Carrying her three and a half month old baby Sofia, Natalie Lorenti checks the letterbox outside her new home.
The white brick house is has been built in a new subdivision in Minto, 50 minutes drive south of Sydney, which Mrs Lorenti and her husband bought for around $400,000NZD.
The neighbour's house also looks new but Mrs Lorenti knows that her neighbour, a single mother of two, does not own her home.
Mrs Lorenti also knows that her neighbour doesn't pay that much rent either.
In fact, Mrs Lorenti's neighbour receives a rental subsidy from
the New South Wales government to live in the house next
Welcome to the Australian social housing model where new housing developments incorporate a mix of public houses for people receiving benefits and those on low incomes, and privately owned homes.
The Australian term is the salt and pepper model where public houses are sprinkled among private homes.
Historically, public housing in Australia was originally set up for working class families and returning soldiers but today the term is perhaps associated more with images of people with complex needs such as mental health and substance abuse issues.
However Mrs Lorenti isn't bothered by the perceived stigma attached to public housing.
"You wouldn't even know she's (her neighbour) in public housing at all, she's a great person to have around and very friendly" Mrs Lorenti told me.
According to other locals I spoke to, a few years ago Minto was a 'hell hole'. The suburb consisted entirely of public housing which attracted common social issues and stigma. Crime escalated to such heights that shop owners deserted the local mall, forcing it to close.
In 2006 the NSW government embarked on a radical plan to redevelop 1000 properties in the Minto public housing area.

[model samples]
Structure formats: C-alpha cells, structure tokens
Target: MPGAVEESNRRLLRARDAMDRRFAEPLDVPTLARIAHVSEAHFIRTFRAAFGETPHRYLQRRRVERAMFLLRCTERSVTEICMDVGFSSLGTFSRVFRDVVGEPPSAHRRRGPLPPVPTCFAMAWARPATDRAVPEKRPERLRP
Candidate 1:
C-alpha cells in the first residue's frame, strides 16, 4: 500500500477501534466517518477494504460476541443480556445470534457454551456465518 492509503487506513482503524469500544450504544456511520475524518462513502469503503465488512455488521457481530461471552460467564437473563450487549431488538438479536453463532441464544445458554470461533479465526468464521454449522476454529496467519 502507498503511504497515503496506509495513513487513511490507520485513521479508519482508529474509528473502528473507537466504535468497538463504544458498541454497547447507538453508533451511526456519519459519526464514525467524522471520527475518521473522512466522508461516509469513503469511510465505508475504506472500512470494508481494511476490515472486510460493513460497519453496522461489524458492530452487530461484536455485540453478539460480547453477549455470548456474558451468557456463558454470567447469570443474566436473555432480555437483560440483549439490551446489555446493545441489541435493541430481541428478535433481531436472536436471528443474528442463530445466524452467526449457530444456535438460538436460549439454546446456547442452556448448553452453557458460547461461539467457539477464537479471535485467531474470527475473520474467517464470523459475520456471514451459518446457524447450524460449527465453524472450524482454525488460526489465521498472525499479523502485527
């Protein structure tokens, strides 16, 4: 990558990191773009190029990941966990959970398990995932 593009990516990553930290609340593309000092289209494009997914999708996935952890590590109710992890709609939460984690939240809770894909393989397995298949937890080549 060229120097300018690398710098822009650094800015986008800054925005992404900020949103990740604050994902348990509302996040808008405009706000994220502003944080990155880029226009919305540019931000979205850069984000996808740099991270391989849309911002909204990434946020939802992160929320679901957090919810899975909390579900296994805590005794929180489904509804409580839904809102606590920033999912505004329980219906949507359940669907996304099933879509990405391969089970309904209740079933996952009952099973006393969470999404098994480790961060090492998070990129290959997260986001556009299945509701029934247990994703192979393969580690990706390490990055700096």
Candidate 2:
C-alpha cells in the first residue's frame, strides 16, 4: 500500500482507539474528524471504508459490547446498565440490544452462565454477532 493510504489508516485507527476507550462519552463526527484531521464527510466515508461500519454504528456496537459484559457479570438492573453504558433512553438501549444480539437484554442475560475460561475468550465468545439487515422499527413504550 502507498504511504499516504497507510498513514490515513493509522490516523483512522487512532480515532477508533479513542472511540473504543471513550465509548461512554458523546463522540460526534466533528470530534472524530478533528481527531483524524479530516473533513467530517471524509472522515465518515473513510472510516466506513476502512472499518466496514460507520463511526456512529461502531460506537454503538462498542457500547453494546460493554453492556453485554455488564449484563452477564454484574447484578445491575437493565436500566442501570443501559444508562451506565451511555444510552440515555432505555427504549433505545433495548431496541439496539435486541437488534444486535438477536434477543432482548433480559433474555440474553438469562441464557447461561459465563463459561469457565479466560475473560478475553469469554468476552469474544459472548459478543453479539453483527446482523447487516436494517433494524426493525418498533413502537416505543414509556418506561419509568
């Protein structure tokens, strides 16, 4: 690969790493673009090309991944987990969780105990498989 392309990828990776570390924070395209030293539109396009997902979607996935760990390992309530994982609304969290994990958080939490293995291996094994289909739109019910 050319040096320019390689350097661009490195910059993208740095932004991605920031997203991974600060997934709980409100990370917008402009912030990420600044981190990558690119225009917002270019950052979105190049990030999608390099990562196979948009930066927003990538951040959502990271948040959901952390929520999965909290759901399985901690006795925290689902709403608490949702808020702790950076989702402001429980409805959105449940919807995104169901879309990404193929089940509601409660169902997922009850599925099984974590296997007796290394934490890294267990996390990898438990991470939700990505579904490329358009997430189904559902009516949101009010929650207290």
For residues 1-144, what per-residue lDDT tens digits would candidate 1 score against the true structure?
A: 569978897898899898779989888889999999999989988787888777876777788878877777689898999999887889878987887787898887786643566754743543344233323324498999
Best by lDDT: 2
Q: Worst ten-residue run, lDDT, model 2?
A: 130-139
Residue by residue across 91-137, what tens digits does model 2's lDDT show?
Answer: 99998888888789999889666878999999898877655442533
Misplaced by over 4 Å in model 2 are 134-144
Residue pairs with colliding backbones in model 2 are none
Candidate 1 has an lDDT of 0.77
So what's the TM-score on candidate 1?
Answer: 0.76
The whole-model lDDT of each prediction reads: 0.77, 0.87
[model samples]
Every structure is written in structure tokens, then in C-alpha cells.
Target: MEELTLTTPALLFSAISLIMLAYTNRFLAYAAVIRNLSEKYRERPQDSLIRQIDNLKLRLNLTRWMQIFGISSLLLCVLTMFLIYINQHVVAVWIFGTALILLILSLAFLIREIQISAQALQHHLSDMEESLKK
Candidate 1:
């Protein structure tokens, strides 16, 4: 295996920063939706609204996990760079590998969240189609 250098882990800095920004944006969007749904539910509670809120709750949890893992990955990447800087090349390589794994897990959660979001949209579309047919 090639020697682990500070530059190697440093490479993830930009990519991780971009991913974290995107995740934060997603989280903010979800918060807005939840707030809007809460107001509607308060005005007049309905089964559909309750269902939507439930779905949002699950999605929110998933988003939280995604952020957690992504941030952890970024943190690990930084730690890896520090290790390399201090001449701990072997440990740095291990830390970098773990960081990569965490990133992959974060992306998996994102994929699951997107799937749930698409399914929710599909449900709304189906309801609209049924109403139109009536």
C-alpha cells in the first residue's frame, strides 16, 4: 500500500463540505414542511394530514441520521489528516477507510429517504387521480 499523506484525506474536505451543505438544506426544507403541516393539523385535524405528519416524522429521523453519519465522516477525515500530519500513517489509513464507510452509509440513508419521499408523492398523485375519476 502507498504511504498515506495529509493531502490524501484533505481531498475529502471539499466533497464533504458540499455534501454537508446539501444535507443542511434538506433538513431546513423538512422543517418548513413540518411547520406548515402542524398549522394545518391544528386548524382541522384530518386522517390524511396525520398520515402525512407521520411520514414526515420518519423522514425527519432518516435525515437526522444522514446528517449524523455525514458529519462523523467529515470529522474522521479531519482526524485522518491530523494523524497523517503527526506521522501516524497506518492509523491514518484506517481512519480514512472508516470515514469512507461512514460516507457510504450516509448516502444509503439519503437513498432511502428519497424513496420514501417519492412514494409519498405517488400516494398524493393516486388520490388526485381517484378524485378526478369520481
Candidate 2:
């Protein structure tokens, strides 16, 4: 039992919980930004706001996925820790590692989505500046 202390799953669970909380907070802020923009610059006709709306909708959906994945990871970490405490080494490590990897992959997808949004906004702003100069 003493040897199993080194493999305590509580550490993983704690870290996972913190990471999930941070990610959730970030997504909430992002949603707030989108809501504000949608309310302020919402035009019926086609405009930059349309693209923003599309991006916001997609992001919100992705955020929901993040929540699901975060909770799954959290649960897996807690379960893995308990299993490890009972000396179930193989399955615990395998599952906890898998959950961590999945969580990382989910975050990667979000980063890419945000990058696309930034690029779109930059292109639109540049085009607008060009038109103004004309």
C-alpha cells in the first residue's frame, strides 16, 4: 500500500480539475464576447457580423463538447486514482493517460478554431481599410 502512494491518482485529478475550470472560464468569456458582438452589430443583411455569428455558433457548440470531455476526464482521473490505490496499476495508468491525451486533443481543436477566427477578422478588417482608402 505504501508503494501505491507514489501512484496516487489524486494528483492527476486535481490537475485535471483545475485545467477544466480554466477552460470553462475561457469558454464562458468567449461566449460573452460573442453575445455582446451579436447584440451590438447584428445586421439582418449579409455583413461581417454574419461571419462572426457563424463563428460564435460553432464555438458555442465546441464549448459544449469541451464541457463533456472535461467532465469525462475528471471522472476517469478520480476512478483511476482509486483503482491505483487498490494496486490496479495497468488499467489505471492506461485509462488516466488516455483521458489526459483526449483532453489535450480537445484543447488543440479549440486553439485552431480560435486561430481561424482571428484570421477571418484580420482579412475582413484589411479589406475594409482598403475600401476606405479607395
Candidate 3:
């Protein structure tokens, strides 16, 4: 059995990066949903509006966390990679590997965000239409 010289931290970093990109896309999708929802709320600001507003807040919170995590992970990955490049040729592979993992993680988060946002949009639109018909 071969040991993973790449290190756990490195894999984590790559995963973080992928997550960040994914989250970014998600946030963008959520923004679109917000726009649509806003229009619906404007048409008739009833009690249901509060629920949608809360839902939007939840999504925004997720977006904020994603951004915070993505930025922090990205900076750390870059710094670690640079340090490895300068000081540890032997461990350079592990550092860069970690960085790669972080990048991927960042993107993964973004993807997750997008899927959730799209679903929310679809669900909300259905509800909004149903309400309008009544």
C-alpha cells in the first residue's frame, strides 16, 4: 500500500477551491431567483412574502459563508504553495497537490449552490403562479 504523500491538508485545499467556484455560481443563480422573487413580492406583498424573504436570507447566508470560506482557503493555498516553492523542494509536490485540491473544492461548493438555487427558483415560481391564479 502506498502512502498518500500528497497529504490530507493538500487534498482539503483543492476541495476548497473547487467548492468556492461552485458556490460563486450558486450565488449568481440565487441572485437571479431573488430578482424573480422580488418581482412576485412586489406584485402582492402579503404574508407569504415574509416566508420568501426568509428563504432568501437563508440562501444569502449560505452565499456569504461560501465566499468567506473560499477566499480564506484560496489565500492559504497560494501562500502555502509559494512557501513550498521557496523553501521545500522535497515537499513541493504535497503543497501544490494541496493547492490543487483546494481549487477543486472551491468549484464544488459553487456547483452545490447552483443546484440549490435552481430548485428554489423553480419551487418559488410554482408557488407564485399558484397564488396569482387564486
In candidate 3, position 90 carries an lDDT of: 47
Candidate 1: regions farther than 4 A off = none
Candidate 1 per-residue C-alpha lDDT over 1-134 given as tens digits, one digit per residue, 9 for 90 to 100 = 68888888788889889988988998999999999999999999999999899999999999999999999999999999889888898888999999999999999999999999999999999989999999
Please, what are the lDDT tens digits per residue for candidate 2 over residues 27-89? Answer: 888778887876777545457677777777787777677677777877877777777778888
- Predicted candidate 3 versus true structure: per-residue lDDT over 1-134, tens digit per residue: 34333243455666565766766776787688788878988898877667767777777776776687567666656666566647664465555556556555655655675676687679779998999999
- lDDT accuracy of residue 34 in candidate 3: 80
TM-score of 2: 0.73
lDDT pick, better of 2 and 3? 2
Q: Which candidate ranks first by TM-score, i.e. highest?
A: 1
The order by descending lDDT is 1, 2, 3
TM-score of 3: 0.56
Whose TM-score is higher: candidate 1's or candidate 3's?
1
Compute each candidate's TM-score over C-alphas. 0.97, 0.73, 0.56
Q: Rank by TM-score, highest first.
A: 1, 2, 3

However instead of new public houses simply replacing old public houses, Minto received a massive makeover.
Residents were relocated as their rundown brick dwellings were torn down and replaced with new homes so the area looked like neighbouring suburbs.
But the new homes weren't just built for people who needed housing assistance, they were also built to attract potential home buyers.
New roads and services were established as developers set about building homes on state owned land at extremely competitive prices knowing that there may be many more developments ahead.
The homes look similar in design however the official split is 70% private to 30% public. The subdivision now has 850 private homes and 360 public housing homes nestled around parks, schools and community centres and the building continues.
The median price for a house and land package is around $460,000NZD for private buyers while the state government receives nominal rent from people occupying public houses.
For example, a person who is receiving a government benefit has a small amount of rent deducted from their benefit before they receive it, while people earning low incomes who are in need of housing assistance, pay a rental amount that is relative to their wage.
The rental income goes into the state government's coffers for maintenance upkeep and to fund similar projects.
Peering over a model of the development site in the Minto sales office, NZ Housing Minister Dr Nick Smith likes what he sees.
Dr Smith is visiting the Minto redevelopment to get a close up look at Australia's social housing model.
He believes a similar model would work well for New Zealand as he pushes his 'game changing' Social Housing Reform Bill.
Mr Smith says social housing currently makes up 20% of housing stock in Australia compared with less than 1% in New Zealand.
He wants to dramatically increase that figure using the Australian 70% private 30% public housing model.
"We can learn some real lessons in how they manage those community relations because inevitably its bumpy people are resistant to change but its change that is necessary if we are going to deal with New Zealand and in particular Auckland's housing challenges" Dr Smith told me.
The Minto project cost more than a billion dollars for a little over a thousand private and public homes however, so far the rewards of community engagement and social integration appear to be paying off.